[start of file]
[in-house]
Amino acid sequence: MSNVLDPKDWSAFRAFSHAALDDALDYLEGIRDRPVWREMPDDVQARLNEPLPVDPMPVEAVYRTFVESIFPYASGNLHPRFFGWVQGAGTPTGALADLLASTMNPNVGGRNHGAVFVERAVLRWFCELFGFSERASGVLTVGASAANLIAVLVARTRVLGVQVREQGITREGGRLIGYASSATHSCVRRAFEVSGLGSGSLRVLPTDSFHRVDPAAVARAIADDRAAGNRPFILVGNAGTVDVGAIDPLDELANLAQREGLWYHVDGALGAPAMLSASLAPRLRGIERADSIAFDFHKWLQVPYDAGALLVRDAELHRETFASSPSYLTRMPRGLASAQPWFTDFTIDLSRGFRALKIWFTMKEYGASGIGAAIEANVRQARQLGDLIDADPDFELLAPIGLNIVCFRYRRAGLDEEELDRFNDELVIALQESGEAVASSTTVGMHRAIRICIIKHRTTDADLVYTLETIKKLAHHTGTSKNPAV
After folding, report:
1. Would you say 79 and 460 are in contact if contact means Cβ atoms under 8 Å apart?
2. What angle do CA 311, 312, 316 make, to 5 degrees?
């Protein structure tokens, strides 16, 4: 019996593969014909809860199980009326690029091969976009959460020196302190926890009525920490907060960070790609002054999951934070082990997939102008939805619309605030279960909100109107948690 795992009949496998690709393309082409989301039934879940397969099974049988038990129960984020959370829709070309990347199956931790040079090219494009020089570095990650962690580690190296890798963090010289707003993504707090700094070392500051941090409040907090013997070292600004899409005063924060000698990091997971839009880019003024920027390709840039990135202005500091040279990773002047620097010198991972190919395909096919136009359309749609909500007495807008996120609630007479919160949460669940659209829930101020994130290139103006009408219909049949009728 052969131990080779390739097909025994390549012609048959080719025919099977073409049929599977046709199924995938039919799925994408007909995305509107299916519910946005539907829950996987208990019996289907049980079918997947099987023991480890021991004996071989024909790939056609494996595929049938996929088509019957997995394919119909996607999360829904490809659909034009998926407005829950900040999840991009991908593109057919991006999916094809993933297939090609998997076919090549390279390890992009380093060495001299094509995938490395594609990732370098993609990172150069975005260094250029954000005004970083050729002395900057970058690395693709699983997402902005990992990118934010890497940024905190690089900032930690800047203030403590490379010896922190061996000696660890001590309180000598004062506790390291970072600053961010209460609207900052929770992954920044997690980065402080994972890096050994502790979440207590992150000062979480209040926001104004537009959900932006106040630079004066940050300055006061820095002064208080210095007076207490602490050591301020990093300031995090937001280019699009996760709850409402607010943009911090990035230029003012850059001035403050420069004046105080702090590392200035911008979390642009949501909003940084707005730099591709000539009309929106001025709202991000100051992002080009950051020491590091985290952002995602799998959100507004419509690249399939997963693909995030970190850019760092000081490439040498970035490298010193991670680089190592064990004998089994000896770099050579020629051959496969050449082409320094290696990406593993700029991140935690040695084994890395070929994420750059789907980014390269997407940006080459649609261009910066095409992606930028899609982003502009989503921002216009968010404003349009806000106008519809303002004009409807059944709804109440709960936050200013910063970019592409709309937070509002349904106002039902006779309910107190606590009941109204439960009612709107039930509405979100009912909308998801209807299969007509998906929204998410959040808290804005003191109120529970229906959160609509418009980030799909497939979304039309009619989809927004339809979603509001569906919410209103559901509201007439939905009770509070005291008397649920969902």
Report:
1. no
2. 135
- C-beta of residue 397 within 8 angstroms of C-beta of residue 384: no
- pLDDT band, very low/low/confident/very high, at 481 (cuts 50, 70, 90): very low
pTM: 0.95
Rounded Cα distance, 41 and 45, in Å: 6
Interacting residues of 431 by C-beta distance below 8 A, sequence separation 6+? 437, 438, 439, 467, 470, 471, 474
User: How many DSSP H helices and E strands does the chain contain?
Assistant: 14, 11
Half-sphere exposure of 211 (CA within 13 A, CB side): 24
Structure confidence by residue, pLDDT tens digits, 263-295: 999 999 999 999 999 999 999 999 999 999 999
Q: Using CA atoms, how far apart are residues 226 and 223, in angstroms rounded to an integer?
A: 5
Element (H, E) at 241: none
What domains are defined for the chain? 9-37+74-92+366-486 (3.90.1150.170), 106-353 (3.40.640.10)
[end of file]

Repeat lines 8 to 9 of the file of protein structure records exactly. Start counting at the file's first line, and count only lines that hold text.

1. no
2. 135